The Estonian government has imposed uniform rules for how care homes should operate in case of coronavirus infection — in the case of lighter symptoms and if there is medical staff available, those who are ill should be isolated. Care home patients with special needs, however, have in some respects adjusted even better to isolation.
It is quiet around Valkla Kodu care home in Harju County. The care home employs 60 people and cares for 80 patients, all of whom are currently healthy. Of the 230 patients at Sõmera Kodu care home in Saaremaa, however, six are infected with the novel coronavirus, reported ETV news broadcast "Aktuaalne kaamera."
"There aren't even any symptoms," Hoolekandeteenused director Maarjo Mändmaa said. "This came out in the course of mass testing once it was decided that they would do as much testing as possible in Saaremaa."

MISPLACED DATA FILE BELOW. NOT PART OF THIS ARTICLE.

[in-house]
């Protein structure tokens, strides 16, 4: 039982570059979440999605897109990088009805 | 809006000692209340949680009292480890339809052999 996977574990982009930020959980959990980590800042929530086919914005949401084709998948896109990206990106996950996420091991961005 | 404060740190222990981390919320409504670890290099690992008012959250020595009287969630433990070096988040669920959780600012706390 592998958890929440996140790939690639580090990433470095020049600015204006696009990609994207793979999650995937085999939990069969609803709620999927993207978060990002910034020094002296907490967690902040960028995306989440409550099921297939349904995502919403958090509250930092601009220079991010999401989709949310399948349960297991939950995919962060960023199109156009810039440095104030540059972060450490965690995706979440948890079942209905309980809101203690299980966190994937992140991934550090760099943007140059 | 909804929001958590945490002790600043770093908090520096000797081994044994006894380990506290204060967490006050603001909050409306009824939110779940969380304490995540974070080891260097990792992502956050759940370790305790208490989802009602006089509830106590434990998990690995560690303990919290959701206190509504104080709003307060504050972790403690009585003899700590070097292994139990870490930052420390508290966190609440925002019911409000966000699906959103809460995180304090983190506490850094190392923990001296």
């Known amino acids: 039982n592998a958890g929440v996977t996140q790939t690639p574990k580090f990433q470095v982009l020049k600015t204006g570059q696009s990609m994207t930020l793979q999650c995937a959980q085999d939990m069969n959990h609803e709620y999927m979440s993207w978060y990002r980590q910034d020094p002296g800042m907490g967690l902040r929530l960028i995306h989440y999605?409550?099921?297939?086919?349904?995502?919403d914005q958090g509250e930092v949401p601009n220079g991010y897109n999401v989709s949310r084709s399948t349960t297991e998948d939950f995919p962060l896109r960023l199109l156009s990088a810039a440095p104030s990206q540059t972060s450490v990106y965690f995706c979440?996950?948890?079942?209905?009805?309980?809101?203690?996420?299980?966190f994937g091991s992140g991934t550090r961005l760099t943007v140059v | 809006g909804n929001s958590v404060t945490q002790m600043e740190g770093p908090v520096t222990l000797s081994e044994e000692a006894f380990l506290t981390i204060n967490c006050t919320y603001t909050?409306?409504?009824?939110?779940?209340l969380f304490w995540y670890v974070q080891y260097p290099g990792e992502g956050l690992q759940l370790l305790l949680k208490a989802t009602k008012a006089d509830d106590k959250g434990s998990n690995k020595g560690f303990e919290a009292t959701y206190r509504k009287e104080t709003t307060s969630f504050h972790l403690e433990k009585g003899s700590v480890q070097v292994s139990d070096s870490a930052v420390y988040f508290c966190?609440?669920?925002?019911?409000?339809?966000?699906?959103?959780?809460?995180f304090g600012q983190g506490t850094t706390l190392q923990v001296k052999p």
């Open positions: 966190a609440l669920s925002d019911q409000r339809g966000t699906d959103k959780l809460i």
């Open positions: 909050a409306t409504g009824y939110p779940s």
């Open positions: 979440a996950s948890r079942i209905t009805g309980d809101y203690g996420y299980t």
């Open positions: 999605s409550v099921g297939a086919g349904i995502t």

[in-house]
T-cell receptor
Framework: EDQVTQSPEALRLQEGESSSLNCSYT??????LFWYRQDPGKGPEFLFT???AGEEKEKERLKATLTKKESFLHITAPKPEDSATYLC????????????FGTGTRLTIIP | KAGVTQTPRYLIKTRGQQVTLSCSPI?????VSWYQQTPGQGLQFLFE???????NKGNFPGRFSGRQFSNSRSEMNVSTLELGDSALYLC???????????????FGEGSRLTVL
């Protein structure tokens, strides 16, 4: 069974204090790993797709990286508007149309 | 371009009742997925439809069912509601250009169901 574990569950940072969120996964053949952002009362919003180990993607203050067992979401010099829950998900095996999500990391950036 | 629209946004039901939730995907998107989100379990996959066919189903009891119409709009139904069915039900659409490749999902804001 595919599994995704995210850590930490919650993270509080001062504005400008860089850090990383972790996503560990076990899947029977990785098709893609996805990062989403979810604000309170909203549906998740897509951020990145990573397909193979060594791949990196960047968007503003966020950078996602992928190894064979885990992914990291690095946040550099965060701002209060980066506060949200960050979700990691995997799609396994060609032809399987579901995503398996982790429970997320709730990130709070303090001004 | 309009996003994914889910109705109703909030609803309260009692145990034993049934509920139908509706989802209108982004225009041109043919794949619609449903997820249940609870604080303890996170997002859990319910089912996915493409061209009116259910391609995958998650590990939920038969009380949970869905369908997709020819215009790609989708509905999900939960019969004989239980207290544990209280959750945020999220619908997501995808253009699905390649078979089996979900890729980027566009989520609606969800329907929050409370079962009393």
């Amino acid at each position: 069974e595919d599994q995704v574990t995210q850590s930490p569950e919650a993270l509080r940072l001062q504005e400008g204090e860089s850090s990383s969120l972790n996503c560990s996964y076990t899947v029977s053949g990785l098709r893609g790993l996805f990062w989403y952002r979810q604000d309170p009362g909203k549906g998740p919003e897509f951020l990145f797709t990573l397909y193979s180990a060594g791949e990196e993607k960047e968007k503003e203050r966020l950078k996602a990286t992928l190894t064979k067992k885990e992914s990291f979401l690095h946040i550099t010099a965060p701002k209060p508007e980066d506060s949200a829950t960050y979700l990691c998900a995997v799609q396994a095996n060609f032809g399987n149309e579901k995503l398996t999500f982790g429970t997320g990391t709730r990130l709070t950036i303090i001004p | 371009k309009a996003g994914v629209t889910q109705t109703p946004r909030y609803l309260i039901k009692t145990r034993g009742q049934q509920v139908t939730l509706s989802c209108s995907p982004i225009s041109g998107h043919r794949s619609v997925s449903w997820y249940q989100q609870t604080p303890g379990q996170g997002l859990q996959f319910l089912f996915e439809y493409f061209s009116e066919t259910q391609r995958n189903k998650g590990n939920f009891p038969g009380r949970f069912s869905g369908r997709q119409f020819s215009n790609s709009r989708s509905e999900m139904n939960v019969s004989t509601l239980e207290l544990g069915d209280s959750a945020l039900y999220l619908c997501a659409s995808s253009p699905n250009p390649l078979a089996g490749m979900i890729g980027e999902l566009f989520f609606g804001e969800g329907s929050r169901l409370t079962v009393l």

According to Mändmaa, however, patients with special psychiatric needs cannot simply be hospitalized, however; they need to be isolated on site.
"People with special psychiatric needs are more difficult to hospitalize," he explained. "They need constant monitoring by a support person. We have adopted the stance that if someone is sick in one apartment, or one building, then we will actually isolate the entire building."
According to Social Insurance Board (SKA) rules, in the case of lighter symptoms and if there is medical staff available, those who are ill should be isolated. Those with special needs have better adjusted to this isolation than other care home residents.
"This is nothing new for people with special psychiatric needs; they have been separated from the community for many long years already," Mändmaa said.
He noted, however, that they have nonetheless felt the changes that have resulted from the current emergency situation — patients have been kept in their wards, and sports therapists and handicraft teachers haven't been coming. This makes them restless.
Should any patients end up infected with the coronavirus, however, this demands a creative approach from care home employees.
"It is fairly difficult to shut them up in their rooms for two weeks," Valkla Kodu activity supervisor Regina Raud said.
Raud was unable to say, however, how many employees may end up quarantined in order to handle sick care home patients.
Hoolekandeteenus operates 60 units throughout Estonia, which care for a total of 2,000 patients.
Editor: Aili Vahtla